I spent last week leading the “The Modern CHRO Role” program aimed at developing potential successors to the CHRO. Between the 23 participants and 5 current or former CHROs teaching, the topic of “Where was HR?” in the allegations of patterns of sexual harassment by top executives at Uber, Weinstein Company, Amazon Studios, etc. came up. In addition, over the past few weeks I’ve received numerous requests from the press to address this issue, and it is clear that their assumption is that HR failed.
I don’t disagree that HR failed in these specific cases, but I think it’s more important to understand why. My reading of these incidents points to one common denominator: Talent. In every case that has hit the press over the past few months, the alleged harasser was viewed as “critical talent” within the organization. I don’t think it is too much of a stretch to infer that these individuals were held to a different standard because of their high potential/performance. My guess is that 90% of the employees in these organizations would have been dismissed for exhibiting the same behavior these individuals seemed to get away with over what seems like a prolonged period of time.
This is not to blame the HR executives involved. It could be that they feared bringing disciplinary action against these individuals…if so, shame on them. However, it could also be that they courageously raised the issues, and were simply overruled or ignored by those with the final decision-making power. If that is the case, then the next step seems to be to convince those at the top of the long-term organizational and personal consequences of avoiding taking action. Organizationally, failing to act only reinforces the harasser’s self-perceived importance, and the belief that he can get away with anything. Personally, Travis Kalanick was pushed out of Uber for his failure to control the culture, and Jeff Bezos' personal brand has taken a serious hit. Do those decision makers understand their own personal risk?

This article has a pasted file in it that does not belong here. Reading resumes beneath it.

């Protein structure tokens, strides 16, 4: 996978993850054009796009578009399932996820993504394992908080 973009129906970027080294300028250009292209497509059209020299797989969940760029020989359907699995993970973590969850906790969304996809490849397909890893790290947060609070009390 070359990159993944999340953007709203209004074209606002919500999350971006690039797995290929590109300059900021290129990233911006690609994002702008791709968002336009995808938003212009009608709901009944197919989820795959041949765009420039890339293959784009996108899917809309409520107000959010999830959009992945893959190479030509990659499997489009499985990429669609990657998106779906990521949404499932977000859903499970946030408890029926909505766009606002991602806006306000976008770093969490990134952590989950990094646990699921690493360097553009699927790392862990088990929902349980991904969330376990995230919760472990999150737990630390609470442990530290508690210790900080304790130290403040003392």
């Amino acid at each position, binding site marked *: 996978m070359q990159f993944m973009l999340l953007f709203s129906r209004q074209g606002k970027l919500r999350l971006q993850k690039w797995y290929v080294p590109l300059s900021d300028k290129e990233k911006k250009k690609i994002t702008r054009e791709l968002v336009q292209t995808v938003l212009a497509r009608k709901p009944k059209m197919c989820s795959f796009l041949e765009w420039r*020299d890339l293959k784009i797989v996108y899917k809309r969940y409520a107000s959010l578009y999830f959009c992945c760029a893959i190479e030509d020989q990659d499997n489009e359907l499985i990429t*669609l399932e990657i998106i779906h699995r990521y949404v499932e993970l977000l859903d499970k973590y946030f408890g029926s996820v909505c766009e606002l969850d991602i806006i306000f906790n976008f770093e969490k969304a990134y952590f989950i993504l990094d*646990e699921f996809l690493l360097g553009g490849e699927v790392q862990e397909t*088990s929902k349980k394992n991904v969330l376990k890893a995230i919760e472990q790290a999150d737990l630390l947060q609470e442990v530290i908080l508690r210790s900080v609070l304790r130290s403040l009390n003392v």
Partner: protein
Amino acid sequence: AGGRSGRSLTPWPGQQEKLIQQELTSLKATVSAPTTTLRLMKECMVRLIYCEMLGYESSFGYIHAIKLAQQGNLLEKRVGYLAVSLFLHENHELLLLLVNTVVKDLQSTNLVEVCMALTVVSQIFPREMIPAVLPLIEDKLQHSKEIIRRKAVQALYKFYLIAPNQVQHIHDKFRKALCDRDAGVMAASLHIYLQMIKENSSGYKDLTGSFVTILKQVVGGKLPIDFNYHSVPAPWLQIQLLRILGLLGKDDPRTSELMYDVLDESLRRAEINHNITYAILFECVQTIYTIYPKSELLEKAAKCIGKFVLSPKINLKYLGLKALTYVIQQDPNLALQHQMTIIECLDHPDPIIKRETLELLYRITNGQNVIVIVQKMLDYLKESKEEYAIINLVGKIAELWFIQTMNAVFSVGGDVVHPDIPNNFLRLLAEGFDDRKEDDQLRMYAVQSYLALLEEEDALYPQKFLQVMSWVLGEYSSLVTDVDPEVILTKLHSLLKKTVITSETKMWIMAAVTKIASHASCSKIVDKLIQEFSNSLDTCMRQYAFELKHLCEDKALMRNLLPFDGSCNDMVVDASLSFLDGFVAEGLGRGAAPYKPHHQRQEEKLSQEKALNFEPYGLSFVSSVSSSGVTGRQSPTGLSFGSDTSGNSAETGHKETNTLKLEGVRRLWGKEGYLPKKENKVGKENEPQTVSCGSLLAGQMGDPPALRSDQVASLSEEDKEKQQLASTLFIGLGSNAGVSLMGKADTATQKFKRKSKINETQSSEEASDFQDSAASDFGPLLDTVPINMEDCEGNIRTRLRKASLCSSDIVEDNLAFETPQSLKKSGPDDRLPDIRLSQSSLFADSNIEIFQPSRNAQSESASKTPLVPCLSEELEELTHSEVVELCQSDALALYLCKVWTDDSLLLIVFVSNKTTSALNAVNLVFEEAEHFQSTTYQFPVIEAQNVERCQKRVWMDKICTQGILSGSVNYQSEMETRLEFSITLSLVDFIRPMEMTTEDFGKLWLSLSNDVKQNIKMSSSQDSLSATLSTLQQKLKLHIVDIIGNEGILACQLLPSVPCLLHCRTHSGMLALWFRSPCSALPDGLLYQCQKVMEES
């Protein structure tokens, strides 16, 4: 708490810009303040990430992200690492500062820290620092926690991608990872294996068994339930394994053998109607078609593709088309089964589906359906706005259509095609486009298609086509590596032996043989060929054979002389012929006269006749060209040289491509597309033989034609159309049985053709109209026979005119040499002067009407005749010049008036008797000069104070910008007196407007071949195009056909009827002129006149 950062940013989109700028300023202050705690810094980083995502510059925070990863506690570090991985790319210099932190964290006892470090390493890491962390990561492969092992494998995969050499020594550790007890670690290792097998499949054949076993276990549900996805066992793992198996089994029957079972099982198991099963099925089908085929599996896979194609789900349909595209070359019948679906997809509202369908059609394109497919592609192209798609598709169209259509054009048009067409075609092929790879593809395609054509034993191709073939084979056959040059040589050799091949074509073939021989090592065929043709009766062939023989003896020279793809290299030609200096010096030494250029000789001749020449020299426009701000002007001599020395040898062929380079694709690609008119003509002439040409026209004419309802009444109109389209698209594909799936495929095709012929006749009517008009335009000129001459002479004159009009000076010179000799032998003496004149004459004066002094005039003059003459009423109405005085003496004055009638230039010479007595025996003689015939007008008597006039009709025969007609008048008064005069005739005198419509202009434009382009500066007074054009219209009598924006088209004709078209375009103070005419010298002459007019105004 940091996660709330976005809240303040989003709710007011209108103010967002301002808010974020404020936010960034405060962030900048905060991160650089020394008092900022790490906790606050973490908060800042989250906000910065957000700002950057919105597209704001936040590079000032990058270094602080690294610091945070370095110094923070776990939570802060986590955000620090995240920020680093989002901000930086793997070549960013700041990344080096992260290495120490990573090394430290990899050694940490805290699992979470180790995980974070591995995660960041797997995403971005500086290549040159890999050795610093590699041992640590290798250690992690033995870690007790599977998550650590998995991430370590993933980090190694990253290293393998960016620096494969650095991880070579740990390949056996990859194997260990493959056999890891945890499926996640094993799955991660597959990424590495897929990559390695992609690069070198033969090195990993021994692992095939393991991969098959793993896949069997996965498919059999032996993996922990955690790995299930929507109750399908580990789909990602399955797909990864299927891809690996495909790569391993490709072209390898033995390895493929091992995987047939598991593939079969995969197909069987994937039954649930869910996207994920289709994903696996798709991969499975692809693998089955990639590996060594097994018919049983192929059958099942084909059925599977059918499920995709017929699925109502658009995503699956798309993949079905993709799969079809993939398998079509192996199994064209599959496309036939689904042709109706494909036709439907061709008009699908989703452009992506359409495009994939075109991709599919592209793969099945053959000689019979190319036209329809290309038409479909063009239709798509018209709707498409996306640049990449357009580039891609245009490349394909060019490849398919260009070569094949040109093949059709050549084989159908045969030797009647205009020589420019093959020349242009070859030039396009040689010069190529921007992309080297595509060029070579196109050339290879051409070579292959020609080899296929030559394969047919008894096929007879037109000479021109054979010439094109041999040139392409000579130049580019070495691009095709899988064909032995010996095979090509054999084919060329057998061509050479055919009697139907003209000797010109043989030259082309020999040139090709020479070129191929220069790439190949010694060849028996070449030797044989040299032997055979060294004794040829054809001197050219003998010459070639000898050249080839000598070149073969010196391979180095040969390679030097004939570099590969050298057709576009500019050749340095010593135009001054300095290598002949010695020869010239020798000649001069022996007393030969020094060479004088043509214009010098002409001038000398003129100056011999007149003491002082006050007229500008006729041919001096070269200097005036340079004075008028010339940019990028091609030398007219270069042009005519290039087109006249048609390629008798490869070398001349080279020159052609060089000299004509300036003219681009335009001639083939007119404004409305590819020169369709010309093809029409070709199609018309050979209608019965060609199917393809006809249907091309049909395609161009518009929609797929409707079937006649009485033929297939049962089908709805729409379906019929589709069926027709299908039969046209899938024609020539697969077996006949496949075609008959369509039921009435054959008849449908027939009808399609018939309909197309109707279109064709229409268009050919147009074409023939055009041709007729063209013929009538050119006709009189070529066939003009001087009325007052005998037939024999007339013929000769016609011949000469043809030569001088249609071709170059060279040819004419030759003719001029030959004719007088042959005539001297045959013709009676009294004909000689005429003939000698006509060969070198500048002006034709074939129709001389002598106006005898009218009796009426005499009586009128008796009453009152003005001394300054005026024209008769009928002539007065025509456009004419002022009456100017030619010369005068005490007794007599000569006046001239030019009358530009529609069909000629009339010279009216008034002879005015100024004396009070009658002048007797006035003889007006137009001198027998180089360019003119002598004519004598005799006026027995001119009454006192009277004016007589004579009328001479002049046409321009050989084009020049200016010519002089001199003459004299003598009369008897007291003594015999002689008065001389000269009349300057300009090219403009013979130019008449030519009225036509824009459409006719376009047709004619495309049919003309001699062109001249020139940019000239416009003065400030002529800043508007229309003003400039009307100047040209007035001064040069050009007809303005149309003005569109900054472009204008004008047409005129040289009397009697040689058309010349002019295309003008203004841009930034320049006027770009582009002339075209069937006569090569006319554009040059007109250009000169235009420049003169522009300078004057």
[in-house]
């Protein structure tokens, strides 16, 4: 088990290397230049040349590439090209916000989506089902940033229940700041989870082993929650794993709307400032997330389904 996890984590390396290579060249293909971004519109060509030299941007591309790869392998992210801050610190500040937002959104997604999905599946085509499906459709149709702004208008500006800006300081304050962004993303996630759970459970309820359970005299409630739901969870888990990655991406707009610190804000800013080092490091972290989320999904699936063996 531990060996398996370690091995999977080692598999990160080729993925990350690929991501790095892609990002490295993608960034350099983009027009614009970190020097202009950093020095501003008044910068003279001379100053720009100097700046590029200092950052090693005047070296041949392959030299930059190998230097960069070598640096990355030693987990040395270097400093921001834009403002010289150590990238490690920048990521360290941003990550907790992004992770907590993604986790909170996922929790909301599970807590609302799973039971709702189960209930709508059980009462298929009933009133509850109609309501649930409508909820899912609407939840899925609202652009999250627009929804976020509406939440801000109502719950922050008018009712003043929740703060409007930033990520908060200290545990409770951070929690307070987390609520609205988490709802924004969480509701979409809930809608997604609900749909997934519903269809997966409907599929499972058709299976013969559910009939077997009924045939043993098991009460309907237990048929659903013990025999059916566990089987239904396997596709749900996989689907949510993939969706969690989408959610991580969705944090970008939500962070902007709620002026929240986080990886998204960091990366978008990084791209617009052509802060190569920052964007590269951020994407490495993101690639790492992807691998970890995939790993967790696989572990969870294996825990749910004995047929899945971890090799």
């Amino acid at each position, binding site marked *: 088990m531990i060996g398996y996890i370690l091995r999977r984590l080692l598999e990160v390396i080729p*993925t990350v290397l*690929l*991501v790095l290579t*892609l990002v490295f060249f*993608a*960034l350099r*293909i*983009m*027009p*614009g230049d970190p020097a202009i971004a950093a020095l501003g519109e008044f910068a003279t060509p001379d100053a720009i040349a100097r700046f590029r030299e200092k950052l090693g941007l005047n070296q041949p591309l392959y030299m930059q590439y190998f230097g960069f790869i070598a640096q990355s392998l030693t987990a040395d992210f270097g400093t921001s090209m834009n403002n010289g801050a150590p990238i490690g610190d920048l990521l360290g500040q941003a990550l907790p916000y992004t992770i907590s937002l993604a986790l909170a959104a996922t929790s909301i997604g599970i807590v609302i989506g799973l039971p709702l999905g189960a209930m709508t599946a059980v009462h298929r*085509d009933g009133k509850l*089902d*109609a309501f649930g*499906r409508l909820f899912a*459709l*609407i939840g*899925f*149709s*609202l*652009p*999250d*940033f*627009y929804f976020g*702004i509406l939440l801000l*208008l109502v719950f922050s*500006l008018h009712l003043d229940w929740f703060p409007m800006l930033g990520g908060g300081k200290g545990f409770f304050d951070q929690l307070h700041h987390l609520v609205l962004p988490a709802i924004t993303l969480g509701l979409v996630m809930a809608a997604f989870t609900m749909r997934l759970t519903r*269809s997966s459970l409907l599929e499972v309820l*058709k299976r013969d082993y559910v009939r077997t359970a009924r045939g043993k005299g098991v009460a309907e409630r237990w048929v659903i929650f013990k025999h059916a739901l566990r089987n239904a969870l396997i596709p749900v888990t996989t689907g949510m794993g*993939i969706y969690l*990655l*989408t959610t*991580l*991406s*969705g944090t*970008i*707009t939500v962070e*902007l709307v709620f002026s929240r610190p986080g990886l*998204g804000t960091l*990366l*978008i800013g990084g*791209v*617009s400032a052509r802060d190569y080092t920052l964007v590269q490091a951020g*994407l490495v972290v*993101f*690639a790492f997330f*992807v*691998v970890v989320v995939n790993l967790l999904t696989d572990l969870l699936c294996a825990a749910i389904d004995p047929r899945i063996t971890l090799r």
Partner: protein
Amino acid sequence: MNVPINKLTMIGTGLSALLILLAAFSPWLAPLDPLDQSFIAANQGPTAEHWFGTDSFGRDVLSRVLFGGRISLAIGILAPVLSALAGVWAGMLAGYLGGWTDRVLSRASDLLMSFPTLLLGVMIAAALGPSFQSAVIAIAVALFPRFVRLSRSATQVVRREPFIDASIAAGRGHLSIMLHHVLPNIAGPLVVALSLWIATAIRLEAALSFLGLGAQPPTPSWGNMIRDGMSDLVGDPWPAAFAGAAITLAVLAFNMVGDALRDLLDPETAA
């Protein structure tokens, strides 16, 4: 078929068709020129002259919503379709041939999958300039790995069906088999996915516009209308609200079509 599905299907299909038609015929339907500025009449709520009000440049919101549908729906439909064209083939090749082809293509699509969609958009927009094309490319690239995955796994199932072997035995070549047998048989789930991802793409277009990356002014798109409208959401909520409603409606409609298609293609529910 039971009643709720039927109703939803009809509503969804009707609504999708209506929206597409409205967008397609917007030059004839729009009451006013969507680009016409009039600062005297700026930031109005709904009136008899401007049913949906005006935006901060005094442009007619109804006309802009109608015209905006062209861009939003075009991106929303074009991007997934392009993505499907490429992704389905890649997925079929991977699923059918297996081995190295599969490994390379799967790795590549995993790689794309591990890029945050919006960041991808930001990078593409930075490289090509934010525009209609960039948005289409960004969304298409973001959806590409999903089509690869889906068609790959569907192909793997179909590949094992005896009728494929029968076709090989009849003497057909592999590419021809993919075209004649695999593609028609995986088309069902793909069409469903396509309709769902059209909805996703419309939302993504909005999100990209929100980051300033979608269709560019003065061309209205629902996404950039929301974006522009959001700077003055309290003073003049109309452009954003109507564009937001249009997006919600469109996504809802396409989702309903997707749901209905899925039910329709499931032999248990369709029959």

I do not claim to know what it is like to have to decide the tradeoff between adhering to ethical values by disciplining, or even dismissing someone on whom the future of the organization may rest and downplaying or ignoring their bad behavior as a way to retain that talent. But I do know that these tradeoffs should be discussed and debated before the situation arises, lest it be easier to make the latter, rather than the former, choice.